The continuing absence of distinctive Divine Providence in modern times is often seen as the cause for much secularism. Since the days of the Renaissance, man has become more and more skeptical of the occurrences of divine intervention. No longer, it is argued, are there enough indications for God’s interference in the national and private affairs of mankind. This viewpoint has ultimately led to the collapse of much of religious authority and in many ways undermined the role of religion in man’s life.
When the Israelites left Egypt on their way to the land of Israel, divine intervention was very apparent. The ten plagues, the splitting of the Red Sea and the many other smaller and larger miracles showed full evidence of God’s intervention in man’s affairs. Consequently our general reading of those years make us believe that anyone living under such miraculous conditions would not have had any other option but to be a deeply religious person.
Rashi, in his commentary on the Torah gives us however a totally different version of the events:
“As the result of the sin of the spies in which they spoke evil about the land of Israel, God no longer spoke with Moshe for 38 years” (Vayikra 1.2)
This is a most remarkable and far-reaching observation. What we are told is that most of the time that the Israelites traveled through the desert, there was no special divine providence. God did not speak to them and consequently the Israelites had to deal with the question of God’s interference not much differently from the way modern man does. Although the miraculous bread, manna, fell and other smaller miracles did take place, it becomes clear that these events no longer had any real effect on the religious condition of the Israelites. Not for nothing did they say that this manna was lechem hakelokel, repulsive bread (Bamidbar 21.5). They saw these miracles as common events not much different than the way we view the laws of nature. (We are reminded of Rabbi Dessler’s famous observation that the laws of nature are nothing more than the frequency of miracles, something which famous philosophers of science such as Karl Popper have fully endorsed from a secular point of view (1)) Indeed on several occasions the Israelites asked whether God still lived among them.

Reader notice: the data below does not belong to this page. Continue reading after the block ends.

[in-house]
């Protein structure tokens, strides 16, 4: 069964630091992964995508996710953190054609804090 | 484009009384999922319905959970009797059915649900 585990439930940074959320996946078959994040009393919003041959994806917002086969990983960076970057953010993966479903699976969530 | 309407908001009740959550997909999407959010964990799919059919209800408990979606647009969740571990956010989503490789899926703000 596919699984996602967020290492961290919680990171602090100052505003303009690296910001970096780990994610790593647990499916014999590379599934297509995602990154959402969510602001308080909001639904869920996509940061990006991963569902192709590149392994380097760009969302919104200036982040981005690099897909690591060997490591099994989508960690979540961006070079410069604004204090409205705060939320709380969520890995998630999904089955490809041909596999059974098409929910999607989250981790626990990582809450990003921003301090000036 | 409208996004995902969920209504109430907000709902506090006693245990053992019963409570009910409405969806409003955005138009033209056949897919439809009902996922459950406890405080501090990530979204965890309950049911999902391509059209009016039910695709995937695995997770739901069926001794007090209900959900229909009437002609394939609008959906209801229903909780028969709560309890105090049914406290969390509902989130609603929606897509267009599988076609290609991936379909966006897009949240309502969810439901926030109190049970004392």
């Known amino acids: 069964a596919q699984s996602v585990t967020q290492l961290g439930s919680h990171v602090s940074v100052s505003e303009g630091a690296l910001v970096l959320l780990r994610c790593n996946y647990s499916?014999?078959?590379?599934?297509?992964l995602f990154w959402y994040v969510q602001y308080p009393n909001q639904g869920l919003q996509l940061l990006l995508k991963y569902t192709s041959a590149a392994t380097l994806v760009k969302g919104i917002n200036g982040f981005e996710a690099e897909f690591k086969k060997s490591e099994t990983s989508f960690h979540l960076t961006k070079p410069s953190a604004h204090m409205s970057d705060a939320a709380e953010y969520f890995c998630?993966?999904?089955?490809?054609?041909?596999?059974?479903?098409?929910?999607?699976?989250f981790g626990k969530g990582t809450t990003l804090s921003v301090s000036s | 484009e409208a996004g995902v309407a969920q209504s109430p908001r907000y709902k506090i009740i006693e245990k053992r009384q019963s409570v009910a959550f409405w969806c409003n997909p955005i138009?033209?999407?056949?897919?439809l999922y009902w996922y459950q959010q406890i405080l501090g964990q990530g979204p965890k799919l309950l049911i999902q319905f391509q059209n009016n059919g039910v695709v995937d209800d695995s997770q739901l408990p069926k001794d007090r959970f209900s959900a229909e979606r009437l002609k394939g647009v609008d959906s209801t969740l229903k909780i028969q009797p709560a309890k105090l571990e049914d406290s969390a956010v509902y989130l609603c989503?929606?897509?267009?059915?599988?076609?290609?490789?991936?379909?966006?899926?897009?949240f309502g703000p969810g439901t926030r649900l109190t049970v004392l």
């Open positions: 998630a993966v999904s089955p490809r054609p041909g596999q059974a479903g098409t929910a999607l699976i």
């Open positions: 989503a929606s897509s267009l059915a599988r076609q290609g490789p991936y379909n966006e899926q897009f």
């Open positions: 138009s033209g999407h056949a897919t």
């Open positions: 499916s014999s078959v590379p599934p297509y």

It is perhaps this fact which makes Pesach so relevant to our own time: The realization that even at the time of the greatest miracles, many years pass by without God making Himself known in any form or way! Sitting at the Seder table we often feel that we are reading a story which has little in common with our days and lives. We complain that God has become silent and that His spoken word is no longer available. How than can we believe in His existence and why should we listen to His words of many thousands of years ago? We are today confronted with a Deus Absconditus, an absent God, and no story about God’s open intervention in history is able to reach us any longer. God’s silence has made us deaf. So we complain.
And even when we admit that God did not speak with Moshe and the Israelites for 38 years, we still make the powerful point that we have not heard from Him for more than two thousand years! Not just 38! So why ask us to deliberate on an event which occurred thousands of years ago and with which we have almost nothing in common?
But with hindsight we may have to radically change our view. We need to realize that the silence of these 38 years must have been much more frightening than all the Divine silence of our last two thousand years. While we are, to a great extent, able to take care of ourselves, and be much more independent, this was not the case for our forefathers in the desert. They encountered the emptiness of desert land. There were no natural resources, food, water, or any other basic items, without which even the most elementary forms of life are impossible. True, we are told that water and food was miraculously provided. However, once God stopped speaking with them in the middle of the desert and they realized that this thundering silence of God could continue day after day, this Godly silence must have been more dreadful than anything we can imagine. This coupled with the frightening awareness that they had nothing to fall back on if G-d decided to stop providing them with water and food. Being used to revealed miracles and then suddenly overnight finding oneself in an icy absence of any divine interference, right in the middle of a desert, must have been too much to bear. God’s “indifference”, no doubt, created a devastating traumatic experience without precedence. (2)
When we realize that the story of the exodus was mainly a story of divine silence and that only occasionally a word of God entered the human condition, we also become conscious of the fact that the story which we read on the Seder night is most relevant. While the words of the Hagada relate the miracles, the “empty spaces” between the words tell us of the frightening divine silence of these very 38 years. And just as our forefathers must often have wondered what happened to God’s presence, during all these years, so do we. But just as they came through so must we.
The art is to hear God in His silence and to see His miracles in His “absence”. It is in the balance of these two facts that life takes place.
(1) Rabbi Eliyahu Eliezer Dessler. Michtav Me-Eliyahu 1
Karl Popper: The Logic of Scientific Discovery
(2) The absence of God’s word for all these 38 years throws a radically different light on much of the Israelites’ upheavals and complaints in the desert as mentioned in the Torah.
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